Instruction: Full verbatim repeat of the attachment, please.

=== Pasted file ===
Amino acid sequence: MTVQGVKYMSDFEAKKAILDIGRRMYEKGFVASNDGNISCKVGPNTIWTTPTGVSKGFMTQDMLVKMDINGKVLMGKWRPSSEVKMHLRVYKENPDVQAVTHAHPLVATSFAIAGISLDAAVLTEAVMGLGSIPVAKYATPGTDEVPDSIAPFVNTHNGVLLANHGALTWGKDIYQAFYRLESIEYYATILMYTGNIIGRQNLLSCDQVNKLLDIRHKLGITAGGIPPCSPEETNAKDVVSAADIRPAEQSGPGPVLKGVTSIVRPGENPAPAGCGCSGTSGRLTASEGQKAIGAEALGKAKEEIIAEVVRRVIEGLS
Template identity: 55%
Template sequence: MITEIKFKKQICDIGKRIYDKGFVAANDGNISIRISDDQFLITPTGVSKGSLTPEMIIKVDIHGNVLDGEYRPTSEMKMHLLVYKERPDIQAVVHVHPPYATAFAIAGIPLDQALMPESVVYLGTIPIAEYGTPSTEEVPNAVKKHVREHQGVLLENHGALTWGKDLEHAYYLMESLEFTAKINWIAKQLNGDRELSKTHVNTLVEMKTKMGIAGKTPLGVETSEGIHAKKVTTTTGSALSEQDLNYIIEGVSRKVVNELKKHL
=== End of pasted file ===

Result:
Amino acid sequence: MTVQGVKYMSDFEAKKAILDIGRRMYEKGFVASNDGNISCKVGPNTIWTTPTGVSKGFMTQDMLVKMDINGKVLMGKWRPSSEVKMHLRVYKENPDVQAVTHAHPLVATSFAIAGISLDAAVLTEAVMGLGSIPVAKYATPGTDEVPDSIAPFVNTHNGVLLANHGALTWGKDIYQAFYRLESIEYYATILMYTGNIIGRQNLLSCDQVNKLLDIRHKLGITAGGIPPCSPEETNAKDVVSAADIRPAEQSGPGPVLKGVTSIVRPGENPAPAGCGCSGTSGRLTASEGQKAIGAEALGKAKEEIIAEVVRRVIEGLS
Template identity: 55%
Template sequence: MITEIKFKKQICDIGKRIYDKGFVAANDGNISIRISDDQFLITPTGVSKGSLTPEMIIKVDIHGNVLDGEYRPTSEMKMHLLVYKERPDIQAVVHVHPPYATAFAIAGIPLDQALMPESVVYLGTIPIAEYGTPSTEEVPNAVKKHVREHQGVLLENHGALTWGKDLEHAYYLMESLEFTAKINWIAKQLNGDRELSKTHVNTLVEMKTKMGIAGKTPLGVETSEGIHAKKVTTTTGSALSEQDLNYIIEGVSRKVVNELKKHL